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Celebrity in the Brand Age : Pulp & Fiber How can Brands Cross Promote with Celebrities

Celebrity in the Brand Age

In the brand age, many celebrities have moved beyond simple product placements or testimonial endorsements, and have made the segway to creative director territories- licensing their identities to lead brands as creative directors at large.  It’s no secret that in today’s age a celebrity is a brand in and of their own right- with licensing deals for their names on products & media empires revolving around their sole individuality.  Examples of celebrities who achieved their own brand status & then parlayed this to official partnerships with brands include:

Kim Kardashian & QuickTrim


Beyonce & Pepsi


Of course who could forget the original celebrity brand purveyor KISS frontman Gene Simmons who has orchestrated a slew of cross-branded collaborations.


When it comes to brands who do not have the budgets or accessibility to engage these celebrity brands, the options are limited in terms of how to capitalize off of their cultural relevance.  Most easily executed & arguably most cost effective is the medium of social media which allows both brands & consumers to connect via a simple @mention or hashtag. Usually referred to as trend jacking, a brand will leverage a popular consumer created hashtag to tap in to the cultural conversations.  Many examples occurred during the birth of UK’s Prince George:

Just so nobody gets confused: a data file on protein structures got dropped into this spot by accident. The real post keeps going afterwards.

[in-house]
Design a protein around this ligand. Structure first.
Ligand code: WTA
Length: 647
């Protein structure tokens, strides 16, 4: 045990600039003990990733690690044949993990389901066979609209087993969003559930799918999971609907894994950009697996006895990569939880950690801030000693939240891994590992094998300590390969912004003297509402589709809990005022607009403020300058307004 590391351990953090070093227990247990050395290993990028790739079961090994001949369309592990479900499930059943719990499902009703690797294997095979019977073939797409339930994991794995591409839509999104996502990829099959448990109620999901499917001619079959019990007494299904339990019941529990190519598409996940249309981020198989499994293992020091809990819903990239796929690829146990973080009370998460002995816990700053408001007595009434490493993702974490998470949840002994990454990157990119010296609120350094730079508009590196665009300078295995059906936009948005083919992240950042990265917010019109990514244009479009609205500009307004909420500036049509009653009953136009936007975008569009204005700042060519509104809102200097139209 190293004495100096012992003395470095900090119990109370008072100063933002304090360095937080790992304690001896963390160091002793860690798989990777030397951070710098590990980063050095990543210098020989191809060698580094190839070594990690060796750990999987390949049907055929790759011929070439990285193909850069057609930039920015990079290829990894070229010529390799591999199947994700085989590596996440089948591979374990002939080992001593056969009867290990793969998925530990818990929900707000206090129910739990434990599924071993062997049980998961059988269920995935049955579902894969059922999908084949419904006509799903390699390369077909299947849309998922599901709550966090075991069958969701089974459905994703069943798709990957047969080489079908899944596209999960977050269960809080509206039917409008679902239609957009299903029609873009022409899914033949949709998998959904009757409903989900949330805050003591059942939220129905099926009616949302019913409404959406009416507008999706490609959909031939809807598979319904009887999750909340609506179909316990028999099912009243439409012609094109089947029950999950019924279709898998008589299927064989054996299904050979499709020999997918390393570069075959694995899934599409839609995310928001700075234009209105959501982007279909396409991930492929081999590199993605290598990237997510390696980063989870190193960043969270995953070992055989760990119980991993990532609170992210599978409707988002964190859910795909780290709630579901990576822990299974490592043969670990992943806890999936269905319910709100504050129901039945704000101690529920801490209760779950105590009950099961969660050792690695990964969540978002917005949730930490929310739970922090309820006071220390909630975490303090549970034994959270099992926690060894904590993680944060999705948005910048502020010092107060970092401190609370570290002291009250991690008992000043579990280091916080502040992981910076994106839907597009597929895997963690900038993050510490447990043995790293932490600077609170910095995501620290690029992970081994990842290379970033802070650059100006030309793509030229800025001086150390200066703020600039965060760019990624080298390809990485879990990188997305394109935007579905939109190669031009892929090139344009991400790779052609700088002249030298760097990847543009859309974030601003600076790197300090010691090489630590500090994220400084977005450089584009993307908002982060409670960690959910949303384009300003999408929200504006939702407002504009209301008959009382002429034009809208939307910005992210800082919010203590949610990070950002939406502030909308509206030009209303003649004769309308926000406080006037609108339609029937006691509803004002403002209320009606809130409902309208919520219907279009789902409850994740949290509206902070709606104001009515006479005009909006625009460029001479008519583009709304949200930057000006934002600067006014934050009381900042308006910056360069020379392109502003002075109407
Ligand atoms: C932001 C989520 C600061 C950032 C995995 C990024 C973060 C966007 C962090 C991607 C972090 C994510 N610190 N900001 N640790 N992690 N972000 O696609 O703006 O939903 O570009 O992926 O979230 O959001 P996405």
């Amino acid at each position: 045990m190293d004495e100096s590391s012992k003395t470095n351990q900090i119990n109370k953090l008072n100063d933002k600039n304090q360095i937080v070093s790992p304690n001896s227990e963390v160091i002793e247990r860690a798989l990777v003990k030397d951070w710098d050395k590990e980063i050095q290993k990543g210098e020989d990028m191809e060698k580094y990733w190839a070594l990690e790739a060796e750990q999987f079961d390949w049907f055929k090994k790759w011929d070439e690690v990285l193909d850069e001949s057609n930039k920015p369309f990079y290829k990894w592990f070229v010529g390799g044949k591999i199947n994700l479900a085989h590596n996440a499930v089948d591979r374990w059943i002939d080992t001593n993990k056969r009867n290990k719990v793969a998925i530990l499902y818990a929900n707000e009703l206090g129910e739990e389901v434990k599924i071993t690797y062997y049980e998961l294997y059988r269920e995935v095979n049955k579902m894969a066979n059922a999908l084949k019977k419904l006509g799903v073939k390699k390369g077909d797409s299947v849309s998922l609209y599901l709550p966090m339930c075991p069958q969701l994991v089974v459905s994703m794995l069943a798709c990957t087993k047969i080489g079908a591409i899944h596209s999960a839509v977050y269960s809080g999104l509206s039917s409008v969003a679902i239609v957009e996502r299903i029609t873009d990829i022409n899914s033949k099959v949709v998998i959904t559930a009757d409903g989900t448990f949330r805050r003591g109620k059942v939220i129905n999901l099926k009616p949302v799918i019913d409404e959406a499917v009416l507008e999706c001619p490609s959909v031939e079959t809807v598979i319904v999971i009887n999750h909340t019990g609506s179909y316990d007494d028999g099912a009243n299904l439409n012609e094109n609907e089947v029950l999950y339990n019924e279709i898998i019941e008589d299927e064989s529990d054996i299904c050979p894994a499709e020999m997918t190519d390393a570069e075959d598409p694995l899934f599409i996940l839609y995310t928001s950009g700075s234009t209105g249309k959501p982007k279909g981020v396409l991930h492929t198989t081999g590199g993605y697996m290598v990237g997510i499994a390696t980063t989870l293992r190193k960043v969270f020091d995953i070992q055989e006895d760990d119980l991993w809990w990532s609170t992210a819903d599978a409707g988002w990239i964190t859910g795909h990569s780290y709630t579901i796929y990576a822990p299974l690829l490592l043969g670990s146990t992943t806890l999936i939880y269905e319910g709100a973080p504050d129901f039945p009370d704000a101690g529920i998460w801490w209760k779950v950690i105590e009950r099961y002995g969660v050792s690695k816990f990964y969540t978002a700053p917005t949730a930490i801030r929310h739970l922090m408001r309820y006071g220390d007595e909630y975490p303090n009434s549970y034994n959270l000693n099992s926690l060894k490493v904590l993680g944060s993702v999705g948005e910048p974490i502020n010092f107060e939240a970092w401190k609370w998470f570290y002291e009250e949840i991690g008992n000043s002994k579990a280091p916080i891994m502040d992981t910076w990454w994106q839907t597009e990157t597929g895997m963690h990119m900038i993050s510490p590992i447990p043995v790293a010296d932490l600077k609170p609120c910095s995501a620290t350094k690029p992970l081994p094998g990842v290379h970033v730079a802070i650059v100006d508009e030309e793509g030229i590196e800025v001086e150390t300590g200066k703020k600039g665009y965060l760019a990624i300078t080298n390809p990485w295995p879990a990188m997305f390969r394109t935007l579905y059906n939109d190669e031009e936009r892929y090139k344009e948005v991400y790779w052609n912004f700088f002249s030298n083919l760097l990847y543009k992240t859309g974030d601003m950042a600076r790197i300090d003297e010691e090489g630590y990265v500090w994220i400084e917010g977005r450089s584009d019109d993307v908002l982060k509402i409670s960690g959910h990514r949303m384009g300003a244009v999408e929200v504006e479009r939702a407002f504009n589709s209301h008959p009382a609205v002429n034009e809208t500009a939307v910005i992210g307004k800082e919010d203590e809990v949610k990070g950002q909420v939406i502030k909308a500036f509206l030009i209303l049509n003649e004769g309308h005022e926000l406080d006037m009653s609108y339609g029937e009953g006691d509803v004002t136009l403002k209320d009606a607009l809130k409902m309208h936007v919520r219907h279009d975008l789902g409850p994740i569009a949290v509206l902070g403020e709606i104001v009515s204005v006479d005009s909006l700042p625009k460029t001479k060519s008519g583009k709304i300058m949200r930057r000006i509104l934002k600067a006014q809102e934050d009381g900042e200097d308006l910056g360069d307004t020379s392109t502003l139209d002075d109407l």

Coca Cola Taps the #RoyalBaby hashtag craze:

Screen Shot 2014-08-15 at 2.34.03 PMStarbucks hopped on the celebratory bandwagon too but choose not to leverage any hashtag or @mention functionality:

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Even a year later, brands  like UK retailer ASDA, continue to leverage the little royal’s birthday via a social media and special sales promotion, bringing their message to the masses with consumer originating hashtags such as #HappyBirthdayGeorge:

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Then there are brands taking the less risk- adverse approach  by directly tagging them or name checking their visual identity.  A classic example was Arby’s real time marketing content play on Twitter during the EMMY’s leveraging celebrity musician Pharrell’s red carpet look’s similarity their own logo:

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A more elaborate brand play to leverage celebrity stems from the experiential practice of advertising, such as creating unique experiences in conjunction with high profile events that celebrities would already be attending. This allows for multiple brand mention opportunities  in relation to celebrities in attendance. While many celebrities make millions of dollars in profit from this transaction, the business model is still evolving & with the advancement of content marketing, new curation methods and tools do not mandate formal contract agreements between brand & celeb. What do you think of how brands leverage celebrity likeness?

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